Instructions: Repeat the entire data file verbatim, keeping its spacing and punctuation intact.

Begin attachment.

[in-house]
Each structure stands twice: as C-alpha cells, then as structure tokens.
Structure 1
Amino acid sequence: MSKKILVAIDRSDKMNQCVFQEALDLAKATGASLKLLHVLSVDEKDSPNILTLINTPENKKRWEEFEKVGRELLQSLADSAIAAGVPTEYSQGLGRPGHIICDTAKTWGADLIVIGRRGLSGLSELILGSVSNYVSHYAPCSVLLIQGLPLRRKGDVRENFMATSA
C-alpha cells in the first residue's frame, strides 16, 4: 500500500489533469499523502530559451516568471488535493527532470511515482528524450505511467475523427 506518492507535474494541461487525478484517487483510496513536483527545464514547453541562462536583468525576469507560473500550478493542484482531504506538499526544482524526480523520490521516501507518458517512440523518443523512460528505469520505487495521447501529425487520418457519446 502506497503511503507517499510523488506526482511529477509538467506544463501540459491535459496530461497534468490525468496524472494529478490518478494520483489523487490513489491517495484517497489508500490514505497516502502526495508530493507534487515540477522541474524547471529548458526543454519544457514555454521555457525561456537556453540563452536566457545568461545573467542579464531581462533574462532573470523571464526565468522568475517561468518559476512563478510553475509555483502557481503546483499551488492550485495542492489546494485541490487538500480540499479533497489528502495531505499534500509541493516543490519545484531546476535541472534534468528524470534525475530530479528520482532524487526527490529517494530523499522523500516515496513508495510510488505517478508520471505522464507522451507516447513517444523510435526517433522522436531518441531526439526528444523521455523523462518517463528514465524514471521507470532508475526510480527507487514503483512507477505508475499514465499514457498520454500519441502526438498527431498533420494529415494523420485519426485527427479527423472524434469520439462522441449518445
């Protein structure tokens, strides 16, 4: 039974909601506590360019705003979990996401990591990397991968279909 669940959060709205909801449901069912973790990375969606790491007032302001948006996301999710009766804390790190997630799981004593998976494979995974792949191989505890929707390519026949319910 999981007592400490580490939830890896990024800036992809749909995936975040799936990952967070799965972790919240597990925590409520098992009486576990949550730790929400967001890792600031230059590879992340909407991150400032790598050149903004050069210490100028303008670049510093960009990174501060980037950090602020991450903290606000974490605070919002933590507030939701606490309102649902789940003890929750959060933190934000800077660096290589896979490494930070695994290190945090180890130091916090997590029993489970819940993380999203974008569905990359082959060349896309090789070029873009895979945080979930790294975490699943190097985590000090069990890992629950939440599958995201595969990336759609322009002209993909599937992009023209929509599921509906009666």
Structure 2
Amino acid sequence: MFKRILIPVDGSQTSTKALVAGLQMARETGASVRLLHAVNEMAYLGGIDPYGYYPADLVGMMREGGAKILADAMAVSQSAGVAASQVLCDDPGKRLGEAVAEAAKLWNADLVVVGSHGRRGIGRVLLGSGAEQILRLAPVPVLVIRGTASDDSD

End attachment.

[in-house]
Each structure stands twice: as C-alpha cells, then as structure tokens.
Structure 1
Amino acid sequence: MSKKILVAIDRSDKMNQCVFQEALDLAKATGASLKLLHVLSVDEKDSPNILTLINTPENKKRWEEFEKVGRELLQSLADSAIAAGVPTEYSQGLGRPGHIICDTAKTWGADLIVIGRRGLSGLSELILGSVSNYVSHYAPCSVLLIQGLPLRRKGDVRENFMATSA
C-alpha cells in the first residue's frame, strides 16, 4: 500500500489533469499523502530559451516568471488535493527532470511515482528524450505511467475523427 506518492507535474494541461487525478484517487483510496513536483527545464514547453541562462536583468525576469507560473500550478493542484482531504506538499526544482524526480523520490521516501507518458517512440523518443523512460528505469520505487495521447501529425487520418457519446 502506497503511503507517499510523488506526482511529477509538467506544463501540459491535459496530461497534468490525468496524472494529478490518478494520483489523487490513489491517495484517497489508500490514505497516502502526495508530493507534487515540477522541474524547471529548458526543454519544457514555454521555457525561456537556453540563452536566457545568461545573467542579464531581462533574462532573470523571464526565468522568475517561468518559476512563478510553475509555483502557481503546483499551488492550485495542492489546494485541490487538500480540499479533497489528502495531505499534500509541493516543490519545484531546476535541472534534468528524470534525475530530479528520482532524487526527490529517494530523499522523500516515496513508495510510488505517478508520471505522464507522451507516447513517444523510435526517433522522436531518441531526439526528444523521455523523462518517463528514465524514471521507470532508475526510480527507487514503483512507477505508475499514465499514457498520454500519441502526438498527431498533420494529415494523420485519426485527427479527423472524434469520439462522441449518445
């Protein structure tokens, strides 16, 4: 039974909601506590360019705003979990996401990591990397991968279909 669940959060709205909801449901069912973790990375969606790491007032302001948006996301999710009766804390790190997630799981004593998976494979995974792949191989505890929707390519026949319910 999981007592400490580490939830890896990024800036992809749909995936975040799936990952967070799965972790919240597990925590409520098992009486576990949550730790929400967001890792600031230059590879992340909407991150400032790598050149903004050069210490100028303008670049510093960009990174501060980037950090602020991450903290606000974490605070919002933590507030939701606490309102649902789940003890929750959060933190934000800077660096290589896979490494930070695994290190945090180890130091916090997590029993489970819940993380999203974008569905990359082959060349896309090789070029873009895979945080979930790294975490699943190097985590000090069990890992629950939440599958995201595969990336759609322009002209993909599937992009023209929509599921509906009666």
Structure 2
Amino acid sequence: MFKRILIPVDGSQTSTKALVAGLQMARETGASVRLLHAVNEMAYLGGIDPYGYYPADLVGMMREGGAKILADAMAVSQSAGVAASQVLCDDPGKRLGEAVAEAAKLWNADLVVVGSHGRRGIGRVLLGSGAEQILRLAPVPVLVIRGTASDDSD